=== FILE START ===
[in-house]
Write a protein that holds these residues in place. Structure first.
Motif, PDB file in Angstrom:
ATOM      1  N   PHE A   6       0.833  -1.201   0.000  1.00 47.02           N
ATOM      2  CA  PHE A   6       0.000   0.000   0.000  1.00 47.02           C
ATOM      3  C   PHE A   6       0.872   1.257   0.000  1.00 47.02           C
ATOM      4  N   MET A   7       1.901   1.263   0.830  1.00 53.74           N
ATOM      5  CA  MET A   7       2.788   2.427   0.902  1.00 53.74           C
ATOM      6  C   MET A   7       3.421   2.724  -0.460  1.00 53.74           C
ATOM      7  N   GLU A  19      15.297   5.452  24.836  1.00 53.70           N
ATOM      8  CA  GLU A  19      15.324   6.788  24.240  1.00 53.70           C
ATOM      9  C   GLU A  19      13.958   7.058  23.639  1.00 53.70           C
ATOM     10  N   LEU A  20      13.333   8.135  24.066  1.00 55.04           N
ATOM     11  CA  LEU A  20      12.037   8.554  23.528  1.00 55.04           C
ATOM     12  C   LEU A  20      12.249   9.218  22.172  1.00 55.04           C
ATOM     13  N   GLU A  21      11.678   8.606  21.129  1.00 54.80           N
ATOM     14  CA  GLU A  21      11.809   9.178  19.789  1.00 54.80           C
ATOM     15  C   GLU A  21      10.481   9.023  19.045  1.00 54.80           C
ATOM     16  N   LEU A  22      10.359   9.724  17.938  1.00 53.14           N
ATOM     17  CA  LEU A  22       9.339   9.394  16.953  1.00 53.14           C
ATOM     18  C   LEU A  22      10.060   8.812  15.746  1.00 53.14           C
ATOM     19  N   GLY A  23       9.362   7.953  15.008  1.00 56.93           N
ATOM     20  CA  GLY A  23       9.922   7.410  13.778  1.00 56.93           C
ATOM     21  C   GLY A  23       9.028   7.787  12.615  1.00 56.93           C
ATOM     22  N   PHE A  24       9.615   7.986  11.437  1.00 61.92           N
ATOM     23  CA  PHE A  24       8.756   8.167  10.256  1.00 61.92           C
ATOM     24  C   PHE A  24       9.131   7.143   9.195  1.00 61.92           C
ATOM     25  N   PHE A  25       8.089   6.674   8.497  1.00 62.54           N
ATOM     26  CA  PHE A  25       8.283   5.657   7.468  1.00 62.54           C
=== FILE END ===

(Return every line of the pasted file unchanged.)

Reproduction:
[in-house]
Write a protein that holds these residues in place. Structure first.
Motif, PDB file in Angstrom:
ATOM      1  N   PHE A   6       0.833  -1.201   0.000  1.00 47.02           N
ATOM      2  CA  PHE A   6       0.000   0.000   0.000  1.00 47.02           C
ATOM      3  C   PHE A   6       0.872   1.257   0.000  1.00 47.02           C
ATOM      4  N   MET A   7       1.901   1.263   0.830  1.00 53.74           N
ATOM      5  CA  MET A   7       2.788   2.427   0.902  1.00 53.74           C
ATOM      6  C   MET A   7       3.421   2.724  -0.460  1.00 53.74           C
ATOM      7  N   GLU A  19      15.297   5.452  24.836  1.00 53.70           N
ATOM      8  CA  GLU A  19      15.324   6.788  24.240  1.00 53.70           C
ATOM      9  C   GLU A  19      13.958   7.058  23.639  1.00 53.70           C
ATOM     10  N   LEU A  20      13.333   8.135  24.066  1.00 55.04           N
ATOM     11  CA  LEU A  20      12.037   8.554  23.528  1.00 55.04           C
ATOM     12  C   LEU A  20      12.249   9.218  22.172  1.00 55.04           C
ATOM     13  N   GLU A  21      11.678   8.606  21.129  1.00 54.80           N
ATOM     14  CA  GLU A  21      11.809   9.178  19.789  1.00 54.80           C
ATOM     15  C   GLU A  21      10.481   9.023  19.045  1.00 54.80           C
ATOM     16  N   LEU A  22      10.359   9.724  17.938  1.00 53.14           N
ATOM     17  CA  LEU A  22       9.339   9.394  16.953  1.00 53.14           C
ATOM     18  C   LEU A  22      10.060   8.812  15.746  1.00 53.14           C
ATOM     19  N   GLY A  23       9.362   7.953  15.008  1.00 56.93           N
ATOM     20  CA  GLY A  23       9.922   7.410  13.778  1.00 56.93           C
ATOM     21  C   GLY A  23       9.028   7.787  12.615  1.00 56.93           C
ATOM     22  N   PHE A  24       9.615   7.986  11.437  1.00 61.92           N
ATOM     23  CA  PHE A  24       8.756   8.167  10.256  1.00 61.92           C
ATOM     24  C   PHE A  24       9.131   7.143   9.195  1.00 61.92           C
ATOM     25  N   PHE A  25       8.089   6.674   8.497  1.00 62.54           N
ATOM     26  CA  PHE A  25       8.283   5.657   7.468  1.00 62.54           C